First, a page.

District Leader Josue Pierre Looks for Another Win

Josue Pierre at the 51st West Indian American Day Parade. (Photo from Josue Pierre/Facebook via The Haitian Times)

Ahead of the Sept. 13 primaries, The Haitian Times‘ Jonathan Greig takes a look at how Haiti-born Josue Pierre, the male district leader of the 42nd Assembly District (Ditmas Park, East Flatbush, Flatbush, Midwood) up for re-election, has worked to increase political engagement among Haitians in the two years since he first won the seat.

Pierre, along with Assemblywoman and female district leader Rodneyse Bichotte, “has been able to consolidate political influence in the area and give local residents a platform to voice concerns about pressing issues like immigration, housing and jobs.”

He releases a monthly email for job opportunities and housing openings that local residents can sign up for all while canvassing and building coalitions with other party officials. He’s tried to become a resource for some of the 5,200 Haitians in New York City that will be affected by the Trump administration’s decision to terminate their temporary protected status on July 22, 2019. This will force thousands of families to make unconscionable decisions about whether to take American-born children and family members back to Haiti with them or leave them behind.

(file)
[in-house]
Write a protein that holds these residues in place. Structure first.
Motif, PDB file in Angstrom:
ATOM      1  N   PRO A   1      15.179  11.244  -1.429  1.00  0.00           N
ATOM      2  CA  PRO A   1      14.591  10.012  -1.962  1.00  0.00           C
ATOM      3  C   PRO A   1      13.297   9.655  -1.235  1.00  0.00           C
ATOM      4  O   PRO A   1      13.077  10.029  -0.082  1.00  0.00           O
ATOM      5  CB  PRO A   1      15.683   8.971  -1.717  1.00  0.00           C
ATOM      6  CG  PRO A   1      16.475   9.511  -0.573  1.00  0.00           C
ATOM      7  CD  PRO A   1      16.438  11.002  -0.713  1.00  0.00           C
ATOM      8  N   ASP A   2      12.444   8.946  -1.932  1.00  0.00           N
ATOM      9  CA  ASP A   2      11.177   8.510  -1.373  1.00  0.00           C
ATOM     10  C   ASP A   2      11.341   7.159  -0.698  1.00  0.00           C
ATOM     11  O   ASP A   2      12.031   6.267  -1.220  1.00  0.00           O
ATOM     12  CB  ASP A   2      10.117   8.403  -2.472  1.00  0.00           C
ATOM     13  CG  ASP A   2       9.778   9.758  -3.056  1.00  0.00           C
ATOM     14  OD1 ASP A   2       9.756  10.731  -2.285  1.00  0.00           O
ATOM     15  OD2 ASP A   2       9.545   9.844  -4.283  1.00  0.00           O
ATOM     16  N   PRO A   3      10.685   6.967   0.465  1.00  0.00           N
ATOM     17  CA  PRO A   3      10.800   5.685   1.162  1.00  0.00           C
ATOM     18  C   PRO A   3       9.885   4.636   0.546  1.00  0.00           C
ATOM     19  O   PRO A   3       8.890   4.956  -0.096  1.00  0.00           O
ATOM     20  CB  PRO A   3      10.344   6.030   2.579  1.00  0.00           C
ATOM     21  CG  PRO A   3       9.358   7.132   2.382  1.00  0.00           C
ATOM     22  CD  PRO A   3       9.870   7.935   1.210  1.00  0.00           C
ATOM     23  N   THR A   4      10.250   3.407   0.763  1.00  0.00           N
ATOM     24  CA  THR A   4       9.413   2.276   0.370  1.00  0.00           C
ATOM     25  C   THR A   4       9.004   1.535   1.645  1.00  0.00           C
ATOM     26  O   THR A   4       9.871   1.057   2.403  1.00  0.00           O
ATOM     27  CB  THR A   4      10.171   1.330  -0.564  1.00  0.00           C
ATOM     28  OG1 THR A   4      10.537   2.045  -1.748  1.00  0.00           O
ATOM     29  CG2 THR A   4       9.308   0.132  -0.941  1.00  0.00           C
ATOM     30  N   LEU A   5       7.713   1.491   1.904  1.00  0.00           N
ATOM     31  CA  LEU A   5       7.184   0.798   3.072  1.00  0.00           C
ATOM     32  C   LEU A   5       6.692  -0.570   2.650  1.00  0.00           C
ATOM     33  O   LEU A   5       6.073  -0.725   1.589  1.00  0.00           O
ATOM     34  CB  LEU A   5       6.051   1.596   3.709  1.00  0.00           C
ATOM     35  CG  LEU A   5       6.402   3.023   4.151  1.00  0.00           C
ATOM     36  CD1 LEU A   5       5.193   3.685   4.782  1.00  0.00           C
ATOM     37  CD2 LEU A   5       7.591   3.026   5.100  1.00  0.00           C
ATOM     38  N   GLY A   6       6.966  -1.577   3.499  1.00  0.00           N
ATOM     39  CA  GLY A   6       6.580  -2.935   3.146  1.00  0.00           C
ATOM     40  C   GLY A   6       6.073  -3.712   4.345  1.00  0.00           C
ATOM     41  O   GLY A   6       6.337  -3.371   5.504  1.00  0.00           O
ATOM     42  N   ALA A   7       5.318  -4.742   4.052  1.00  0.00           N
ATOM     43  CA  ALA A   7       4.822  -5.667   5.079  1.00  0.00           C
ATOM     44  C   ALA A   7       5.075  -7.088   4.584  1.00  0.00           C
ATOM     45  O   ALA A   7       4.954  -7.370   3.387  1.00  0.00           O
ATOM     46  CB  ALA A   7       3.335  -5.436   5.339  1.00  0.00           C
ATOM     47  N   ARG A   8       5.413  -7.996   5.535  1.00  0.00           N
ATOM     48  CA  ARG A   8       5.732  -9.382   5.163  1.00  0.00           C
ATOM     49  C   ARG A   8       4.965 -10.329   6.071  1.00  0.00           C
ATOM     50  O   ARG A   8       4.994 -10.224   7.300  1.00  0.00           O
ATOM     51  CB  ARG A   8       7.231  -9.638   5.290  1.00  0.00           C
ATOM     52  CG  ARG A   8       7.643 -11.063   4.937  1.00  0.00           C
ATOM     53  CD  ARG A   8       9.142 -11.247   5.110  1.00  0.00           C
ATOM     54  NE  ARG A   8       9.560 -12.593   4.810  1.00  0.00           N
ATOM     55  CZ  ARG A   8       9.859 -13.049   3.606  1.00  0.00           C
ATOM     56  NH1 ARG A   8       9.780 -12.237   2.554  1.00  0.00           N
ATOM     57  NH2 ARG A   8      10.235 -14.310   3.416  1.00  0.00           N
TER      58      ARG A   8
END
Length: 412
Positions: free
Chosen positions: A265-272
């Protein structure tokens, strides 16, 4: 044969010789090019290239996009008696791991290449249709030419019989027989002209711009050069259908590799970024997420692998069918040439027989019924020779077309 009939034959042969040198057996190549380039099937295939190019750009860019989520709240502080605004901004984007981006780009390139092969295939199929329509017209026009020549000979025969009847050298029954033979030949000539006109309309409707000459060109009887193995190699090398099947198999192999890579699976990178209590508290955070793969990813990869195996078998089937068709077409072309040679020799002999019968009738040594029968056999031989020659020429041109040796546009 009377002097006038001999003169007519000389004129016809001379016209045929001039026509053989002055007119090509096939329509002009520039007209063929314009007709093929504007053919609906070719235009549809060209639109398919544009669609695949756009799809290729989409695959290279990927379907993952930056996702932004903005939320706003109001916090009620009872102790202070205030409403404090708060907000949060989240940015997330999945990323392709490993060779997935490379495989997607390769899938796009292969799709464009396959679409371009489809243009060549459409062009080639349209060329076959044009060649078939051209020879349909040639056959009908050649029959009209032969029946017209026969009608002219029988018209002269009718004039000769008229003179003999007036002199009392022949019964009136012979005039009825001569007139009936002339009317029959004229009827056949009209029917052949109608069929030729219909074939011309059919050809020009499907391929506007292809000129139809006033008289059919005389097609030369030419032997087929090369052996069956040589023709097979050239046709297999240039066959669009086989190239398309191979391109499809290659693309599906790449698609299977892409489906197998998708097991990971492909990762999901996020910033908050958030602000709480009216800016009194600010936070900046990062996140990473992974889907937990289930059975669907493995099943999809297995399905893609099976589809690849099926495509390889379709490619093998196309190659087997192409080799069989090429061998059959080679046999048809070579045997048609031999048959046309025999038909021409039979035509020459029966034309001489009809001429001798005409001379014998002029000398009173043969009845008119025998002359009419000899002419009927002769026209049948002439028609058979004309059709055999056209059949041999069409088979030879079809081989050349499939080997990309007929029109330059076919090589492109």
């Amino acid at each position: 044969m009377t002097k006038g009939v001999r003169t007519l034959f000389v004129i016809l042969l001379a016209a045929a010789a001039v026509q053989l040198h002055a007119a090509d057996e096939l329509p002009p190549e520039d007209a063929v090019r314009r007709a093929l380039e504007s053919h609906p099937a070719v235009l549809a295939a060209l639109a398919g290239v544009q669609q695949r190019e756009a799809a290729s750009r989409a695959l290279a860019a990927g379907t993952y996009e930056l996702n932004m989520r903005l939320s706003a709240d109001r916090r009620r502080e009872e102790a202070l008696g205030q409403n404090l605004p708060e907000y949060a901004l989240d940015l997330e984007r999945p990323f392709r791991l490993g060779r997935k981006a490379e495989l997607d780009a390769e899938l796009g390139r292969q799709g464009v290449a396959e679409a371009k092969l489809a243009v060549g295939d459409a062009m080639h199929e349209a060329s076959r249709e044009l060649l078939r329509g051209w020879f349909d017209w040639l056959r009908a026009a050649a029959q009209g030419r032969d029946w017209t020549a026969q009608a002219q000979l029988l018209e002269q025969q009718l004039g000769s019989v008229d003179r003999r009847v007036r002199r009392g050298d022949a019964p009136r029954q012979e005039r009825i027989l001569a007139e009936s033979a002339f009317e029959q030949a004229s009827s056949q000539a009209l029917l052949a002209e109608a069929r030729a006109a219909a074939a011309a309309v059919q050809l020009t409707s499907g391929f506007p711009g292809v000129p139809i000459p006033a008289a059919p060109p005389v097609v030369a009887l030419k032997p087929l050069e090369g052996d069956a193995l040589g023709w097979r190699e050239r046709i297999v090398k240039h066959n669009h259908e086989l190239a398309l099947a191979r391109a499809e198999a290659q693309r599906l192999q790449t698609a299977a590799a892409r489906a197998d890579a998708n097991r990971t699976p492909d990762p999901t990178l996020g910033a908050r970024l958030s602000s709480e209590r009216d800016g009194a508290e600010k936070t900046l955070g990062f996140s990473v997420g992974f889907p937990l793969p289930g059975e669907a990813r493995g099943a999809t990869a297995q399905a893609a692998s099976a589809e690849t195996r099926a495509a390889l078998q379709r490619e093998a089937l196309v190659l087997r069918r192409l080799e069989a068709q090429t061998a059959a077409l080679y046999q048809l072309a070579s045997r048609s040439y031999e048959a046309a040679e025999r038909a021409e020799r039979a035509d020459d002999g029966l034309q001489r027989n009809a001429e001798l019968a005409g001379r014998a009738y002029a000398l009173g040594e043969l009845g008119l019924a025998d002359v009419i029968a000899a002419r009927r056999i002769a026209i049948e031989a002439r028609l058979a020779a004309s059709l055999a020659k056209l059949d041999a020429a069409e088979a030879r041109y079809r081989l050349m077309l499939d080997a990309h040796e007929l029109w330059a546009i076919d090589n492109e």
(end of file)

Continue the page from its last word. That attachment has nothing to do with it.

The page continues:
“People may have had a limited view of [the district leader position], but I have worked to maximize its potential and use it to effect change. Based on the work I have done here, my constituency and voters will see that he came in, and did more with what he had. If I can do this much with a position like this, I hope they could imagine any legislative position where I would have a budget, and be able to pass legislation. I hope to be their voice,” Pierre told the Haitian Times in an interview.

Pierre has also established an “Opportunity for All” agenda in which he strives to unite different communities under the notion that everyone faces more or less the same issues: “Everyone is concerned about housing, education and well paid jobs,” he said.

The incumbent faces Victor Jordan, a professor, economist and political operative, and Chidi Eze, a civil rights lawyer, on Sept. 13.

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